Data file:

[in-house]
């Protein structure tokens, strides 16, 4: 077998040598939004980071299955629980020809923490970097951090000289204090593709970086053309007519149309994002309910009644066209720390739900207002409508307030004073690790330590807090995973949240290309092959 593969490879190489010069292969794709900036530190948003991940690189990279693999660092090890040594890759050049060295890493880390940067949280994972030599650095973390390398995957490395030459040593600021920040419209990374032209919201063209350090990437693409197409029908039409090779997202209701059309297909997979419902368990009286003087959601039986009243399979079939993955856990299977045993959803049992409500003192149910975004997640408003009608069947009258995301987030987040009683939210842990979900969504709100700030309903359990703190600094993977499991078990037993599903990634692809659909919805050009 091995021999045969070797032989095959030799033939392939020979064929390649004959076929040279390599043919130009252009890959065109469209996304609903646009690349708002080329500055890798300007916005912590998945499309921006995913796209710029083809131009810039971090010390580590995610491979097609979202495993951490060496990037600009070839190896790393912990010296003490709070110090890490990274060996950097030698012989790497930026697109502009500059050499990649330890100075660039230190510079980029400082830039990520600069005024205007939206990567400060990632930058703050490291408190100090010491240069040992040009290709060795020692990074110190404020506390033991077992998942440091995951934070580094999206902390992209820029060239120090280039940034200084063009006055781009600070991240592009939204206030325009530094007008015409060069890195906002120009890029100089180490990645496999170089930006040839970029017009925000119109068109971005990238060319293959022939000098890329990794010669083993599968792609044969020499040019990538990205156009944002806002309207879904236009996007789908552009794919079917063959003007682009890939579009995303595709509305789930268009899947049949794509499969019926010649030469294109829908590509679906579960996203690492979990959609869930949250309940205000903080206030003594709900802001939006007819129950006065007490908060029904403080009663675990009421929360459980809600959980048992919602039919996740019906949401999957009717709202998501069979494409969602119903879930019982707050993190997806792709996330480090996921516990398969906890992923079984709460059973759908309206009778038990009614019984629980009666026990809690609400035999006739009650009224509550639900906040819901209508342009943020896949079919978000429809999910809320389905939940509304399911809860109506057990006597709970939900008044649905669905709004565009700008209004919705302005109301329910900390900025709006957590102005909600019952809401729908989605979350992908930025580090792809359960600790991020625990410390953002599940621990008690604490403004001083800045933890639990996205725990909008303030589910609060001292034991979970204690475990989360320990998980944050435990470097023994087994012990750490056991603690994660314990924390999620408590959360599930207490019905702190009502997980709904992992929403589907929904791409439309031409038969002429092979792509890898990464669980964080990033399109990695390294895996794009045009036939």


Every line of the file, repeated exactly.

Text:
[in-house]
């Protein structure tokens, strides 16, 4: 077998040598939004980071299955629980020809923490970097951090000289204090593709970086053309007519149309994002309910009644066209720390739900207002409508307030004073690790330590807090995973949240290309092959 593969490879190489010069292969794709900036530190948003991940690189990279693999660092090890040594890759050049060295890493880390940067949280994972030599650095973390390398995957490395030459040593600021920040419209990374032209919201063209350090990437693409197409029908039409090779997202209701059309297909997979419902368990009286003087959601039986009243399979079939993955856990299977045993959803049992409500003192149910975004997640408003009608069947009258995301987030987040009683939210842990979900969504709100700030309903359990703190600094993977499991078990037993599903990634692809659909919805050009 091995021999045969070797032989095959030799033939392939020979064929390649004959076929040279390599043919130009252009890959065109469209996304609903646009690349708002080329500055890798300007916005912590998945499309921006995913796209710029083809131009810039971090010390580590995610491979097609979202495993951490060496990037600009070839190896790393912990010296003490709070110090890490990274060996950097030698012989790497930026697109502009500059050499990649330890100075660039230190510079980029400082830039990520600069005024205007939206990567400060990632930058703050490291408190100090010491240069040992040009290709060795020692990074110190404020506390033991077992998942440091995951934070580094999206902390992209820029060239120090280039940034200084063009006055781009600070991240592009939204206030325009530094007008015409060069890195906002120009890029100089180490990645496999170089930006040839970029017009925000119109068109971005990238060319293959022939000098890329990794010669083993599968792609044969020499040019990538990205156009944002806002309207879904236009996007789908552009794919079917063959003007682009890939579009995303595709509305789930268009899947049949794509499969019926010649030469294109829908590509679906579960996203690492979990959609869930949250309940205000903080206030003594709900802001939006007819129950006065007490908060029904403080009663675990009421929360459980809600959980048992919602039919996740019906949401999957009717709202998501069979494409969602119903879930019982707050993190997806792709996330480090996921516990398969906890992923079984709460059973759908309206009778038990009614019984629980009666026990809690609400035999006739009650009224509550639900906040819901209508342009943020896949079919978000429809999910809320389905939940509304399911809860109506057990006597709970939900008044649905669905709004565009700008209004919705302005109301329910900390900025709006957590102005909600019952809401729908989605979350992908930025580090792809359960600790991020625990410390953002599940621990008690604490403004001083800045933890639990996205725990909008303030589910609060001292034991979970204690475990989360320990998980944050435990470097023994087994012990750490056991603690994660314990924390999620408590959360599930207490019905702190009502997980709904992992929403589907929904791409439309031409038969002429092979792509890898990464669980964080990033399109990695390294895996794009045009036939």